New work and changed expectations by a younger generation of employees on how workplaces should be organized and how to collaborate seemed to be for many just buzzwords. But the pandemic with its sudden increase of home office work places and remote collaboration, especially among knowledge workers, changed this and made new work a reality for many. That this trend is real and also affecting the IP world was confirmed by the results of an survey amongst IP professionals, which was presented first at the IP dagen conference in Oslo 9th November 2022. Here are the slides of the presentation:

Also other national and international surveys presented at this conference discussed the effect of those trends on IP work in companies, e.g. the IP Trend Survey conducted jointly by the Norwegian IP office and Norwegian Innovation agencies. Here most recipients agreed, that the current digitalization of IP work is largely affecting the way, they are working. Most prominently employees were expecting the reduction of face-to-face meetings and an increase of remote work as well as remote training in their organization. Finally, employees considered that the biggest challenge for their everyday IP work was outdated skills, which are not sufficient for the new work reality.

Effects on the innovation process

Many companies applied before the advent of new work classical innovation processes, like the stage-gate process. The stage-gate process can also be seen in the broader context of waterfall project management models. Waterfall models are linear and sequential models, where multiple phases are following each other with clear objectives for the individual phases. The returning to a previous phase is not possible anymore once it is finished. The output of each phase is used as the input of the next phase and there is no progress review between the individual stages. This has some advantages, like the simple planning and controlling of the individual stages and the easy to understand deliverables at each stage, but also many disadvantages like the inflexibility to changes of the scope, no continuous testing of the product with the customers, since the product is only ready at the end of the waterfall process, and an accumulation of risks with each stage. This approach is now challenged by the realities of new work.

R&D, IP, marketing and other departments, which should closely work together, are more and more remote and work in silos, so that they cannot intervene quickly into the innovation process. This makes the stage-gate process susceptible for the costly mistakes, for example by the development of non-IP protectable solutions or solutions without market demand until product maturity, because IP and marketing were not included at an early stage and could not intervene.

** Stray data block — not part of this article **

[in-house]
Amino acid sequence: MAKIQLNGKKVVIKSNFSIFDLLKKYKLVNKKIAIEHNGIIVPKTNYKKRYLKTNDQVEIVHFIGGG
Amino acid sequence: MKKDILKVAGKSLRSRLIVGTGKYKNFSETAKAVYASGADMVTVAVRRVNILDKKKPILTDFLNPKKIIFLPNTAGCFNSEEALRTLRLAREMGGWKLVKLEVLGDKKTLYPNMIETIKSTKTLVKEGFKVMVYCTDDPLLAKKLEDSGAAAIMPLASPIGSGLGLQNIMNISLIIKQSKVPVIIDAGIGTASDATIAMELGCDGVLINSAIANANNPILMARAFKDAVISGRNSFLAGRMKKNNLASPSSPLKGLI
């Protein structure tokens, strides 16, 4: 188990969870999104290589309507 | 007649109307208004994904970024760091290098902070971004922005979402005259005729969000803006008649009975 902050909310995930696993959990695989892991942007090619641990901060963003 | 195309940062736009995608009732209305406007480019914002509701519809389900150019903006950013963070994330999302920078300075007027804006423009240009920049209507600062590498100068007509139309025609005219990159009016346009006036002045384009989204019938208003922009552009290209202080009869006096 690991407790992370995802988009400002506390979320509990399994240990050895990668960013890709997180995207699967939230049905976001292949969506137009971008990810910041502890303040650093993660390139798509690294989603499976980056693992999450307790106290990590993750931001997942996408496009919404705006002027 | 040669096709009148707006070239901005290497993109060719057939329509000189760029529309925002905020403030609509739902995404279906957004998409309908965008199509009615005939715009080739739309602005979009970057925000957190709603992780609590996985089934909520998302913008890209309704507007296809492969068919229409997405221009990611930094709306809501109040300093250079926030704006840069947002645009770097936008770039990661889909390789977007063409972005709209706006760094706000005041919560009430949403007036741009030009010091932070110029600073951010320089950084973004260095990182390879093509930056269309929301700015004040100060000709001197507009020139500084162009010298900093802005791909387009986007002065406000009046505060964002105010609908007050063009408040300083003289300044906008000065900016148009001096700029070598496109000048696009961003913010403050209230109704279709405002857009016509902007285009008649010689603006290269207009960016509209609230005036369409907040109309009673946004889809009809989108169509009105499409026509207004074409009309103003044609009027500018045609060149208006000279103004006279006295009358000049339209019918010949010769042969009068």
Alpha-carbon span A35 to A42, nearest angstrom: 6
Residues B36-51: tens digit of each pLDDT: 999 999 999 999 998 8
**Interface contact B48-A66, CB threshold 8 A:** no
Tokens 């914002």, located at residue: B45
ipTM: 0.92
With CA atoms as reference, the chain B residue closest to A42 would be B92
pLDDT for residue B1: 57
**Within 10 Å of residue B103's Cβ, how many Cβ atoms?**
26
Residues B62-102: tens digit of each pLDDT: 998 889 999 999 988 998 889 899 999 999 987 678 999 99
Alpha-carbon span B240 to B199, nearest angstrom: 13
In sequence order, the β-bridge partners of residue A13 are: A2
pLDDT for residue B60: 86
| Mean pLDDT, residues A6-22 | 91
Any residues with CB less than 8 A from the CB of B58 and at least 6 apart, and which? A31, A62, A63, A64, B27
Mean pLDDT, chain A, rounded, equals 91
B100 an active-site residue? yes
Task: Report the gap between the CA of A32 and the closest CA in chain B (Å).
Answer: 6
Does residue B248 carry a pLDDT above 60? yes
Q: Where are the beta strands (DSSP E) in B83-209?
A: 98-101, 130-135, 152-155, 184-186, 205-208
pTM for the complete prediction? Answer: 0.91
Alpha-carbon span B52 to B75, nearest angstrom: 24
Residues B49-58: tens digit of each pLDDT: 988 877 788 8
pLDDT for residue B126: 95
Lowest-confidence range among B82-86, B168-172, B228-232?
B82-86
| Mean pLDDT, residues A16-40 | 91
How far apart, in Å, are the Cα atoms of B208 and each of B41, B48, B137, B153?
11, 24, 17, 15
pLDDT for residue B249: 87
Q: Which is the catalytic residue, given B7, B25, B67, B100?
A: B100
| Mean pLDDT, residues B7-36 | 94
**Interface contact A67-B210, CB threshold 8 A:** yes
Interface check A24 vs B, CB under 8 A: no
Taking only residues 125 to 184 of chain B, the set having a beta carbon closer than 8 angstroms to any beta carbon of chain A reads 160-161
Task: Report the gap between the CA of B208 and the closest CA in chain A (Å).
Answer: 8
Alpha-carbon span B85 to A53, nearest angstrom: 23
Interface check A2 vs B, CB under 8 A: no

The alternative is to react on the new work reality and adopt methods, which were used in digital and remote working industries like software development for decades, such as agile project management models. The agile model fosters a team-based and iterative approach with more flexibility and a continuous improvement in the development process. Compared to the waterfall model the agile model produces already during the development process working components and minimum viable products (MVPs), which can be continuously tested and improved with the end customer as well as coordinated with IP and marketing.

The systemic approach of creating inventions on demand in agile environment is also called invention harvesting. Here inventions are created based on the market needs and customers preferences. The inventions can be iteratively tested and improved in the form of a minimum viable product as defined by Eric Ries in his Lean Startup book. This also means that multiple MVPs can be created and tested against each other leading to alternative technical solutions to the same problem. This approach is especially valuable in digitally transforming industries, since digital innovation has more often a disruptive character and incremental innovation cannot address the real market needs that well.

A pioneer of invention harversting is Dr. Robert Klinski, who was invited to the first module of this year’s MIPLM at the CEIPI, University of Strasbourg, as a dinner speaker to explain the key concepts of invention harvesting and discuss with the students current application examples. Dr. Klinski has over 20 years of experience in invention harvesting and helped his clients in the 5G area alone to generate over 100 inventions on demand. Additionally, he is also supporting clients in the areas of artificial intelligence, internet of things, blockchain and cryptography with his medium-sized law firm Patentship.